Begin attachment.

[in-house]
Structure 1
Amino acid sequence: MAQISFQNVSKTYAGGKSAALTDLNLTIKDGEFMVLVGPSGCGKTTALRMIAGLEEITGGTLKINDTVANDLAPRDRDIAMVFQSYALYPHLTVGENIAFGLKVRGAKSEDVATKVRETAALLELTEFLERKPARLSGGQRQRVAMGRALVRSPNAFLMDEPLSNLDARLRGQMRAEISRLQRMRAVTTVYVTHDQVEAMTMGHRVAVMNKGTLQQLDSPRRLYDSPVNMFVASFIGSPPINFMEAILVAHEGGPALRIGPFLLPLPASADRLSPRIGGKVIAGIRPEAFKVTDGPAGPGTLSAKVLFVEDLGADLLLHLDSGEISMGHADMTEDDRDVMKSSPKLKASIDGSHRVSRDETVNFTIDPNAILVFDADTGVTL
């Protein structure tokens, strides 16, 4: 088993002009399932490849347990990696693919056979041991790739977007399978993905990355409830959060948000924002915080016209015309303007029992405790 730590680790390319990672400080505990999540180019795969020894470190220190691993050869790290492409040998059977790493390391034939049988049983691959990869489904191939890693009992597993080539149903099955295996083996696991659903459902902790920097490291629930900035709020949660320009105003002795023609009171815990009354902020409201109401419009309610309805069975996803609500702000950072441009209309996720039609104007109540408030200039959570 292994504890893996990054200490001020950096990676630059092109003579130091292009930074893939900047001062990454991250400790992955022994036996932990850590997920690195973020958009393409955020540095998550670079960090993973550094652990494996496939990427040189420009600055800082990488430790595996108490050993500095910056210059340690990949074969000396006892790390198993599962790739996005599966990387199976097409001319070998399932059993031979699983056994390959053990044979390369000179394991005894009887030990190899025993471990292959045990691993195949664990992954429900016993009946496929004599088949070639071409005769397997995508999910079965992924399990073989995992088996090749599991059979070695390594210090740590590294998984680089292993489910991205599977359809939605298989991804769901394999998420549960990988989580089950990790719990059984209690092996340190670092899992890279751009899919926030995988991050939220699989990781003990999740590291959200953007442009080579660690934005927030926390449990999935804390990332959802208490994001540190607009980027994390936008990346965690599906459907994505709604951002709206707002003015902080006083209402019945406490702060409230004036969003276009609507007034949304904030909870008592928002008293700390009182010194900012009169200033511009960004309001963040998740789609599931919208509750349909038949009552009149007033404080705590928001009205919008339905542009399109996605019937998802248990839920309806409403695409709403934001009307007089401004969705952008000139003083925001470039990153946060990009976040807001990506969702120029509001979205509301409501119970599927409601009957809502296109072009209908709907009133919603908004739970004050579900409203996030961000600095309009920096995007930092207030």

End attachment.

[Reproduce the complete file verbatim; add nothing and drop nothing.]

[in-house]
Structure 1
Amino acid sequence: MAQISFQNVSKTYAGGKSAALTDLNLTIKDGEFMVLVGPSGCGKTTALRMIAGLEEITGGTLKINDTVANDLAPRDRDIAMVFQSYALYPHLTVGENIAFGLKVRGAKSEDVATKVRETAALLELTEFLERKPARLSGGQRQRVAMGRALVRSPNAFLMDEPLSNLDARLRGQMRAEISRLQRMRAVTTVYVTHDQVEAMTMGHRVAVMNKGTLQQLDSPRRLYDSPVNMFVASFIGSPPINFMEAILVAHEGGPALRIGPFLLPLPASADRLSPRIGGKVIAGIRPEAFKVTDGPAGPGTLSAKVLFVEDLGADLLLHLDSGEISMGHADMTEDDRDVMKSSPKLKASIDGSHRVSRDETVNFTIDPNAILVFDADTGVTL
């Protein structure tokens, strides 16, 4: 088993002009399932490849347990990696693919056979041991790739977007399978993905990355409830959060948000924002915080016209015309303007029992405790 730590680790390319990672400080505990999540180019795969020894470190220190691993050869790290492409040998059977790493390391034939049988049983691959990869489904191939890693009992597993080539149903099955295996083996696991659903459902902790920097490291629930900035709020949660320009105003002795023609009171815990009354902020409201109401419009309610309805069975996803609500702000950072441009209309996720039609104007109540408030200039959570 292994504890893996990054200490001020950096990676630059092109003579130091292009930074893939900047001062990454991250400790992955022994036996932990850590997920690195973020958009393409955020540095998550670079960090993973550094652990494996496939990427040189420009600055800082990488430790595996108490050993500095910056210059340690990949074969000396006892790390198993599962790739996005599966990387199976097409001319070998399932059993031979699983056994390959053990044979390369000179394991005894009887030990190899025993471990292959045990691993195949664990992954429900016993009946496929004599088949070639071409005769397997995508999910079965992924399990073989995992088996090749599991059979070695390594210090740590590294998984680089292993489910991205599977359809939605298989991804769901394999998420549960990988989580089950990790719990059984209690092996340190670092899992890279751009899919926030995988991050939220699989990781003990999740590291959200953007442009080579660690934005927030926390449990999935804390990332959802208490994001540190607009980027994390936008990346965690599906459907994505709604951002709206707002003015902080006083209402019945406490702060409230004036969003276009609507007034949304904030909870008592928002008293700390009182010194900012009169200033511009960004309001963040998740789609599931919208509750349909038949009552009149007033404080705590928001009205919008339905542009399109996605019937998802248990839920309806409403695409709403934001009307007089401004969705952008000139003083925001470039990153946060990009976040807001990506969702120029509001979205509301409501119970599927409601009957809502296109072009209908709907009133919603908004739970004050579900409203996030961000600095309009920096995007930092207030």